H. ceraunus life history
Ceraunus Blue (Hemiargus ceraunus) Life History

Ceraunus Blue egg on Tropical Neptunia

6-1-09, egg on Bundleflower

6-4-09, recently eclosed; barely visible

5 hours after left photo; baby can move!

6-6-09, has been feeding on leaves

6-8-09, resting


6-12-09, mature caterpillar

2:51 p.m., 6-14-09

4:37 p.m., 6-14-09

6-18-09, 6:00 pm., eyes visible

6-19-09, 9:00 a.m.

6-20-09, 8:22 a.m., chrysalis clear

6-20-09, 8:57, space between chrysalis and butterfly

Fresh Ceraunus Blue, 6-20-09; emerged about 9:00 a.m.

The carpetgrass lawns at Roma High School, where I teach, have a fair number of interesting "weeds" growing in them. One area has a thriving population of Swanflower, the native host used by Pipevine Swallowtails. A nearby wall is covered with their chrysalises; some fresh, some empty. Another weed, which I have not seen growing elsewhere in this area, is the sensitive plant called Tropical Neptunia or Yellow Puff (Neptunia pubescens). I wandered outside at lunchtime one day in May, and soon found myself watching a Ceraunus Blue laying her eggs on one of these plants. The eggs were generally tucked into joints where the stem branched, as is indicated by the first picture (dated 5-27).

I collected a branch with 2 eggs from the Neptunia at school. However, the plant did not keep well when cut, and the eggs never eclosed. In the meanwhile, I found a young caterpillar on the Neptunia and brought it home to raise. I soon had several caterpillars, not intentionally but because they were both abundant and also very difficult to spot when I was gathering fresh cuttings for the first caterpillar! The larvae clearly preferred flowers and flower buds, but also ate leaves and even the stems of the plant.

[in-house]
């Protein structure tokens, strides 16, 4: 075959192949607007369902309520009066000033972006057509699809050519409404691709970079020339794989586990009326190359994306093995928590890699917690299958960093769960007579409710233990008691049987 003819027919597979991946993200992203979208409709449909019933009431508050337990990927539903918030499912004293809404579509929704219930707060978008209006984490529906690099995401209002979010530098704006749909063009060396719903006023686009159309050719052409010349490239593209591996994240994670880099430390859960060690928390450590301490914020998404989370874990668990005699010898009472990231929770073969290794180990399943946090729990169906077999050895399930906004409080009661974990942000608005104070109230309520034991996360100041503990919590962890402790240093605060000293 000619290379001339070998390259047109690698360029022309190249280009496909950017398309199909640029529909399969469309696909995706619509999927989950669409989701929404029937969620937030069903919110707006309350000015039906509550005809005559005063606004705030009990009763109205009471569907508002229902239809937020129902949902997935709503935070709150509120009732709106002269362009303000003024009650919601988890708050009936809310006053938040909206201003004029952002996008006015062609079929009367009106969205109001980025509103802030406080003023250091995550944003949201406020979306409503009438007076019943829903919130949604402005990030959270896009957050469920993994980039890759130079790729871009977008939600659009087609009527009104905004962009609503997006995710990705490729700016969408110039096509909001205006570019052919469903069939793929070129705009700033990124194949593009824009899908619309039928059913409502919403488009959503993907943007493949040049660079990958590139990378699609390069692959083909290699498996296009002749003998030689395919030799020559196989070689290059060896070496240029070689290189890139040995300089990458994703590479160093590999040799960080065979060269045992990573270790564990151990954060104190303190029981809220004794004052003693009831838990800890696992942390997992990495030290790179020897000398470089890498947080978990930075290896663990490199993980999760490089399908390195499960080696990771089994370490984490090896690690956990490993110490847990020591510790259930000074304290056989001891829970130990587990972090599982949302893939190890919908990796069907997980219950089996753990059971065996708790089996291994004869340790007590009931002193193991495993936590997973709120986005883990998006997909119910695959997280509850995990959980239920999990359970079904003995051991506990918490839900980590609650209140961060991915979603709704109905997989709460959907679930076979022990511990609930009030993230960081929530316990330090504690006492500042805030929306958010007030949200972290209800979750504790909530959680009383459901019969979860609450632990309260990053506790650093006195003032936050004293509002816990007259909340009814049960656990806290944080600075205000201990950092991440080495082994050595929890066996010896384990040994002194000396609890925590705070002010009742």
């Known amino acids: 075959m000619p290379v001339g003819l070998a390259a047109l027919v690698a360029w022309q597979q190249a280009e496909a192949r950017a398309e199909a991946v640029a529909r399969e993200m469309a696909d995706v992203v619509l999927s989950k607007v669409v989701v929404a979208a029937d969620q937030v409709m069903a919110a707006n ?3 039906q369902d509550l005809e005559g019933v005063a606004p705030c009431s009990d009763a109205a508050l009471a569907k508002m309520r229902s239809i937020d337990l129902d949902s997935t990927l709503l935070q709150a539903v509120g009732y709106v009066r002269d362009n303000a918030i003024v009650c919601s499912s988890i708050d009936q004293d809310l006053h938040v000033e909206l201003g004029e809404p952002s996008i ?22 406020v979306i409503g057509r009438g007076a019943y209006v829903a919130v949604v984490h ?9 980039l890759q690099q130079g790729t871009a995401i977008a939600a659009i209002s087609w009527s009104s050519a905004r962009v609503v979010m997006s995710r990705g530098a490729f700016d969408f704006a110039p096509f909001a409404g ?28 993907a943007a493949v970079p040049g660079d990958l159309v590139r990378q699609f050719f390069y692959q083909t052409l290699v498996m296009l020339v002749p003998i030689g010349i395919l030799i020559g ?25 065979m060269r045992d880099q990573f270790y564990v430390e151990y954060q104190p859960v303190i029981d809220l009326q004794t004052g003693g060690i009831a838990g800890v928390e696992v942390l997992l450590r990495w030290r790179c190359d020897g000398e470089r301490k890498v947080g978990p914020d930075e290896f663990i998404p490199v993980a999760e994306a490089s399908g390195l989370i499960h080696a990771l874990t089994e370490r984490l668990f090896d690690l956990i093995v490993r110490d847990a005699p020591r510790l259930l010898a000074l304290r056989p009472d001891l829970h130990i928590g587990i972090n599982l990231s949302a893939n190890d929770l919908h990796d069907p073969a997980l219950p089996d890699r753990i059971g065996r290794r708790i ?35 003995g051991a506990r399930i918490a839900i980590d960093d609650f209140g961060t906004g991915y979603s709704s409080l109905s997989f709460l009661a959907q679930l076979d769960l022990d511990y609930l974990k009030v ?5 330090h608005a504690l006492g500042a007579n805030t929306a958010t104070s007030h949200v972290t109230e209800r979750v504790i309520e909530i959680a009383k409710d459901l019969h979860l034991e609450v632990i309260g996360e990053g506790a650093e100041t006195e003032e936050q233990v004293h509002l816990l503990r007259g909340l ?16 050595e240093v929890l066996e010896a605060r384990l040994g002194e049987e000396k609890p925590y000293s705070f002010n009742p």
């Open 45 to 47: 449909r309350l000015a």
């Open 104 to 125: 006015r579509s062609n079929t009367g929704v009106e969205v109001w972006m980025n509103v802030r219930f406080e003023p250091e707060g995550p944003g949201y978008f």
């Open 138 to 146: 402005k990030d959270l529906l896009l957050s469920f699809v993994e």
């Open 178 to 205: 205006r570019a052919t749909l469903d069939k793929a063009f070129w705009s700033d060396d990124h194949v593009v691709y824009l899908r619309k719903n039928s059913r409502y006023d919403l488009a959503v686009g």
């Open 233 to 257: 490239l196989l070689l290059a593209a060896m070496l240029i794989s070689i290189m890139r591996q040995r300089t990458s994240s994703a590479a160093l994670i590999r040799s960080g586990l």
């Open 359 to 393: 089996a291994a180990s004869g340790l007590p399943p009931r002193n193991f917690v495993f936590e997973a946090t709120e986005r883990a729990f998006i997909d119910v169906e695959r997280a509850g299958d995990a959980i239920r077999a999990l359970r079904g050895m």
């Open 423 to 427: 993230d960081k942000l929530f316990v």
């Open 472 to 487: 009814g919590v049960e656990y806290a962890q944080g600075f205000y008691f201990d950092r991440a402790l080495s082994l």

A few days after finding the blues were using Neptunia, in my yard I noticed an egg on the small flower buds of Bundleflower (Desmanthus virgatus). This egg proved also to be from a Ceraunus Blue, and the caterpillar that emerged is featured in the photos to the right. I was examining the plant because it somewhat resembled Neptunia. Similarity of looks is certainly no predictor of host-plant compatibility, but it did work out that way in this case.

Bundleflower is widespread in this area, perhaps because it tolerates dry conditions well. It also was present in the Roma High School lawn, but the Neptunia seemed to get much heavier use. Also, when both host plants were offered to a few caterpillars, they moved from Bundleflower to Neptunia but not vice versa.

It was easy to predict when the adults would emerge: the eyes would become visible through the chrysalis a day or two before eclosion. Throughout the intervening time, more detail of the butterfly would gradually be revealed. Unfortunately, although I tried to carefully monitor this butterfly, it emerged while I was elsewhere for ten minutes.

This species is one of the fastest-maturing that I have raised. This particular caterpillar pupated ten days after it eclosed. The adult emerged from the chrysalis 6 days later.

Ceraunus Blue Page